Written by: Gary Bates, Lita Cosner
Article source: creation.com
Some people might wonder why CMI, a creation ministry, is researching Egyptian history and archaeology. But biblical creation isn’t solely concerned with the history of Genesis 1–11, but with how the Bible presents real history elsewhere that we can trust. Skeptics often use Egypt as a focal point for attacking the Bible’s history, because they claim that we don’t see evidence for the Hebrews in Egypt or the Exodus, events that should have left a historical trace. They also point out that the early part of the standard Egyptian chronology predates the biblical date for the Flood, which would have destroyed any Egyptian artifacts.
The Patterns of Evidence series of films that CMI carries shows that there is evidence for the Bible’s history in Egypt if you look in the right place. And even mainstream Egyptologists agree that the dates are inflated (too old). So in reality, this is an exciting time for Christians because of the new evidence and confirmation of the Bible’s history.
What evidence would we expect to find?
Some absence of evidence is explainable when one understands Egyptian culture. They did not name their enemies, because to do so would immortalize their name. And they did not mention military defeats. So we wouldn’t expect them to memorialize the Hebrews and the events of the Exodus, especially on the majority of monuments they created. These artifacts are found on the temples and tombs to their gods and their pharaohs. So, if there is evidence, we would expect it to be more subtle, like in the Hebraicized place names in a whole region of ancient Egypt, indicating at one time there was a Hebrew population. Or mentioning the Hebrews in Egyptian writings after they had left Egypt and were conquering towns and cities in the Ancient near-East. And we have both! Also see this recent article about Evidence for the Hebrews in Egypt where we were able to confirm the identity of the Egyptian pharaoh Shishak as mentioned in 1 Kings 11:40; 14:25; and 2 Chronicles 12:2–9,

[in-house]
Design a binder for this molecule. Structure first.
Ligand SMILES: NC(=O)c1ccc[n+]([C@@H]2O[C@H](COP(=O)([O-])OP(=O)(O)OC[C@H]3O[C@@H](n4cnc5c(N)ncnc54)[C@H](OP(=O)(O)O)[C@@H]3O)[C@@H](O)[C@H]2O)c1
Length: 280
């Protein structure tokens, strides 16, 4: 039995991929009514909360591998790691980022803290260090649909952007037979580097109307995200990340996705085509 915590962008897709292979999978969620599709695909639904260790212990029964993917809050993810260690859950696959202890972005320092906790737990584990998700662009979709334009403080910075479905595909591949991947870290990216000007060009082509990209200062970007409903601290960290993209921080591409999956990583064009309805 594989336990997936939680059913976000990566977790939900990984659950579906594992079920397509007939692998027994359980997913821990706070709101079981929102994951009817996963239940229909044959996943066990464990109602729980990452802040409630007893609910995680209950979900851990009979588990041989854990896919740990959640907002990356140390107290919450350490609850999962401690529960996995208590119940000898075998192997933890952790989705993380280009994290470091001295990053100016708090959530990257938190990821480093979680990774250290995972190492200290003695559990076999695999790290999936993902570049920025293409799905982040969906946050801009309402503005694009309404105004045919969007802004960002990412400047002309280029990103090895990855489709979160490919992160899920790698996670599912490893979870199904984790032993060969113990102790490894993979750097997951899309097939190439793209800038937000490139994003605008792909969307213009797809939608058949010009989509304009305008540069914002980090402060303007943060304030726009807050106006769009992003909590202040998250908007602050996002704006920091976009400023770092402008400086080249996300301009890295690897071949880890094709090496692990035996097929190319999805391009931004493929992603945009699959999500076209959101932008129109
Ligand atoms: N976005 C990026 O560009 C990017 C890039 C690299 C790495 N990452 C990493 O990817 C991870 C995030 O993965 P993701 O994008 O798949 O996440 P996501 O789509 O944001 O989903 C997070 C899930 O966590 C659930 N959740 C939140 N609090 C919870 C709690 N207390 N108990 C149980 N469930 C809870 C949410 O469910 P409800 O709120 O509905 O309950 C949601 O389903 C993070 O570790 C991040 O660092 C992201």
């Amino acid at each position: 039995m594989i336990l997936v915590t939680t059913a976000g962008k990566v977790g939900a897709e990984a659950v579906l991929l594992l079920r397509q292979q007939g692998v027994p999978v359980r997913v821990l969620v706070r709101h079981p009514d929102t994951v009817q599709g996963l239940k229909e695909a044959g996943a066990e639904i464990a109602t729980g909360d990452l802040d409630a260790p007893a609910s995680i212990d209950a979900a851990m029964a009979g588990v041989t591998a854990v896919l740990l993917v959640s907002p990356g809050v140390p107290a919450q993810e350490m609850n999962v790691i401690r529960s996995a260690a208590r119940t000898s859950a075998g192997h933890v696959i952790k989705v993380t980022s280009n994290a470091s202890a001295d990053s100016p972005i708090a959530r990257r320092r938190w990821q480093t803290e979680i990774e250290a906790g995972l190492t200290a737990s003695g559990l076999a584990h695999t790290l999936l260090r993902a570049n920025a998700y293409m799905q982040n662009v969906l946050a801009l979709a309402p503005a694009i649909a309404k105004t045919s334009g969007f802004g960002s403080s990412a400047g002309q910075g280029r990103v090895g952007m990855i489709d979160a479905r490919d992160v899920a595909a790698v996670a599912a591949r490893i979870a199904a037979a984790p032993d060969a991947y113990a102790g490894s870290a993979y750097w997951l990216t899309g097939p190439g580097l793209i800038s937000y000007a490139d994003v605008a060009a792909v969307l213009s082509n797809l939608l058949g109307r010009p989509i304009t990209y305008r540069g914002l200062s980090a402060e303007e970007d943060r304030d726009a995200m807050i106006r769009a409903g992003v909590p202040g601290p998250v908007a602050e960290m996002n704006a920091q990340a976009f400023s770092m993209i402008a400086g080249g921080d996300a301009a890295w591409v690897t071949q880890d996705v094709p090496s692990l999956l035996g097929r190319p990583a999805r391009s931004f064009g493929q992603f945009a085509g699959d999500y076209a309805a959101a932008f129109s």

Some evidence only appears to be missing because people have been looking at the wrong time. Many assume Rameses II is the Pharaoh of the Exodus, because the Bible says the Hebrews built storehouses in the city of Pi-Rameses (this is known as the ‘late Exodus’ idea). But as Patterns of Evidence showed, there is evidence of a Hebrew population in a city that was called Avaris around the time they dwelt in Egypt, but many scholars have ignored it as being too soon for the Exodus. But if the place names associated with Rameses were textual updates in the Bible when he became a great king many decades later, then the Exodus actually took place generations earlier. And this would explain why there is no evidence of the Exodus being associated with Ramses II.
Assuming a wrong timeline also leads some to discount what seems to be pretty clear-cut evidence for the Bible’s historicity, like a group called the Habiru coming into Canaan, or a Pharaoh who, unlike his predecessors, took huge numbers of slaves back to Egypt from the Middle East, including some wandering Habiru.
The Bible: a reliable historical document
The Bible itself is a historical record that is often discounted, but over and over again it has been shown that it accurately speaks about people, places, and events in the ancient world. While we believe that as the Word of God it is more than a historical document, it is not less.
One misconception is that because the Bible is a theological document—it tells about God and what He has done in the world—it cannot be historical. But we believe that God has acted in history, so to be a true theological book the Bible would also have to be a true historical book. That is, everywhere it speaks about our world—both past and present—it should be accurate. And it is!
The first archaeologists approached their work with a trowel in one hand and a Bible in the other, because unlike many today, they appreciated the accuracy of the Bible’s history. A well-known quote from famed archaeologist Dr Eilat Mazar reads “I work with the Bible in one hand and the tools of excavation in the other, and I try to consider everything.”
Feature image: unsplash.com
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